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Now it’s powder the TSA will scrutinize before you board plane

June 21, 2018 GMT

The Transportation Security Administration began scrutinizing containers of powders in fliers’ carry-on bags last summer as part of a broader security push, and will soon ask foreign airports that send flights directly to the U.S. to do the same.

The focus is on containers holding at least 350 milliliters of powder, which is about the size of a can of soda. Starting Wednesday, TSA and airlines are going to step up awareness efforts about the change, urging passengers to pack larger containers in checked luggage and remove smaller containers from carry-on bags for separate screening, similar to small containers of liquids.

And, starting June 30, TSA will request foreign airports with non-stop U.S. flights match the effort, much as it did last summer when it began requiring passengers to remove electronics larger than cellphones from carry-on bags for separate screening.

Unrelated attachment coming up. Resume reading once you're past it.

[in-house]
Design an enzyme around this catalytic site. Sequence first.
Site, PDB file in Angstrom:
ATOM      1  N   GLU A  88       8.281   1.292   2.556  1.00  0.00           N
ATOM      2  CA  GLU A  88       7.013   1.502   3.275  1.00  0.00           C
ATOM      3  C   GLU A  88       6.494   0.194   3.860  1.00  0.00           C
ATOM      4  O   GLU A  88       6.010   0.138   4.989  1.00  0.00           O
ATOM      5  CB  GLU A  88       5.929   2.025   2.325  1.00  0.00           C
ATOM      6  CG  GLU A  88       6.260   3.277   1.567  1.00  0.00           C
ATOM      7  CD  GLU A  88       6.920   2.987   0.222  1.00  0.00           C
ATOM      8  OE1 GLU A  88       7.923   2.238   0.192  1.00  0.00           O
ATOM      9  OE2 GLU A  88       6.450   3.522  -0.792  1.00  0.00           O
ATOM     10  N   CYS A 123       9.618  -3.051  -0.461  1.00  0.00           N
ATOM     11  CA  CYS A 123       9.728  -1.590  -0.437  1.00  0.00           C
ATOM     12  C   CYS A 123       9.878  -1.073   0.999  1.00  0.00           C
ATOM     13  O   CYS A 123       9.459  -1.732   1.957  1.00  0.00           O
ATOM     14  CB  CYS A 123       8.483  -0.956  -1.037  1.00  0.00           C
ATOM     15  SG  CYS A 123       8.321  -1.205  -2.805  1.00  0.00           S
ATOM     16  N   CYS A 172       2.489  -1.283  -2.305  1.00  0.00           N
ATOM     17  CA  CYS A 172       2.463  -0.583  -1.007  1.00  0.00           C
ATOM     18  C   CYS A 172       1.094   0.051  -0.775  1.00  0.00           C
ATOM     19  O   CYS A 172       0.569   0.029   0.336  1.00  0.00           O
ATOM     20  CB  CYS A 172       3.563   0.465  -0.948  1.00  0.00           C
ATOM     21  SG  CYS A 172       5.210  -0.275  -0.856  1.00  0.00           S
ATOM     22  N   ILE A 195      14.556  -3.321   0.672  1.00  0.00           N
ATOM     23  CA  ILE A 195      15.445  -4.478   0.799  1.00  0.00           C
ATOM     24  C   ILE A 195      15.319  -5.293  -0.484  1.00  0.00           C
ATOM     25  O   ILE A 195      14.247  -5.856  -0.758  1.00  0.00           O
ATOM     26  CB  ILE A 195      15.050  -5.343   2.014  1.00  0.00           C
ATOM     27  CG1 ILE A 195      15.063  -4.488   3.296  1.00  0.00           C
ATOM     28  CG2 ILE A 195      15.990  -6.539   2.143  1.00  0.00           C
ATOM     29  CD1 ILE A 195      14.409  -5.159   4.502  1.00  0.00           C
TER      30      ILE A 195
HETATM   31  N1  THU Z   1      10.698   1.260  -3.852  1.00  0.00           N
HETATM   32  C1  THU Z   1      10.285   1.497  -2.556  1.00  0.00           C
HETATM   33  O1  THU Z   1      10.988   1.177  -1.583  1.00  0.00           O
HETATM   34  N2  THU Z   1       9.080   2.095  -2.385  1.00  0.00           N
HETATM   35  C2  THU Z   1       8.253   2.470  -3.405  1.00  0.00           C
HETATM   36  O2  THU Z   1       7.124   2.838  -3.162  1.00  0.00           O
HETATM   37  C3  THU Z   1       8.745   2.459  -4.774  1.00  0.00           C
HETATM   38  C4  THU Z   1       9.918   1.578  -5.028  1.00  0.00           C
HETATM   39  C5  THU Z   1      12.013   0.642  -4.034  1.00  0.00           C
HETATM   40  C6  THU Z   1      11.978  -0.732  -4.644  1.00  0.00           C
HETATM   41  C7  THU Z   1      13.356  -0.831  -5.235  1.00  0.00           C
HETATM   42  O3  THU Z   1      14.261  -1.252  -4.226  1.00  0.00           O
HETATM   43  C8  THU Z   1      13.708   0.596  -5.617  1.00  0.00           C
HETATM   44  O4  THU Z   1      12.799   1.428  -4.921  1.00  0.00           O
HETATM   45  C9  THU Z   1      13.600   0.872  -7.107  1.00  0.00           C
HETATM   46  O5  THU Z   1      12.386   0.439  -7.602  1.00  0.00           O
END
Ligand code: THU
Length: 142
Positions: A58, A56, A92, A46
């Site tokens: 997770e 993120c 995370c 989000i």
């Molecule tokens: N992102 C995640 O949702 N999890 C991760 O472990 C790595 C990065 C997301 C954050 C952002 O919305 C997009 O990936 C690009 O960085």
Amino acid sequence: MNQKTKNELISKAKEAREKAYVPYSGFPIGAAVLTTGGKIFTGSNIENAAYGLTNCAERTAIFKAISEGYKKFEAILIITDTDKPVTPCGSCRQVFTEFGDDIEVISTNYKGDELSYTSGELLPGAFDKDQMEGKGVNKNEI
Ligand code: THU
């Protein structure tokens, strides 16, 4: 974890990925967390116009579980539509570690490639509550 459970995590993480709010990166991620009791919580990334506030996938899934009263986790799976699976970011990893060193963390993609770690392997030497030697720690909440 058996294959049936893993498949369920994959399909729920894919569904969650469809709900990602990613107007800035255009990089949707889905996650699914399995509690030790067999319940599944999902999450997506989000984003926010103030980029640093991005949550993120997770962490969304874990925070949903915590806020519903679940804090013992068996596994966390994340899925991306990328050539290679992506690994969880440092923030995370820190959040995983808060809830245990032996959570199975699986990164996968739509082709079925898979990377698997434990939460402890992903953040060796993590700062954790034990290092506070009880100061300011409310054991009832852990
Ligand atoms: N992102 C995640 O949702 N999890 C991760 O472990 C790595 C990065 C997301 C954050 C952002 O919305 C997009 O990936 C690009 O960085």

The security effort isn’t a ban. But the risk for a traveler returning with a large container of Moroccan spice in a carry-on bag rather than checked luggage is that a checkpoint officer could force the person to throw away a suspicious powder before boarding the plane.

A TSA spokesman said the checks are for “ease of travel.”

The main security concern is from improvised explosives, but TSA is also concerned about fentanyl or pepper spray in the cabin. The agency says powders can include items like cosmetics, baby powder and protein or energy powder mixes, among others. Gun powder remains prohibited from all checked or carry-on luggage.

“We encourage people to divest certain items – especially organic items – in order to get a clearer view of what’s going on inside the bag,” said Mike England, a TSA spokesman. “It’s something we advise people to do. We’re asking our foreign partners to do what we’re already doing domestically.”

The effort is another example of tightening aviation security. Airport checkpoint security was federalized under TSA after the terrorist hijackings Sept. 11, 2001, and has become stricter in recent years with developments of non-metallic explosives.

The agency also has been looking more closely at food in carry-on bags, and the agency said that everyday items like books and magazine could also result in additional screening.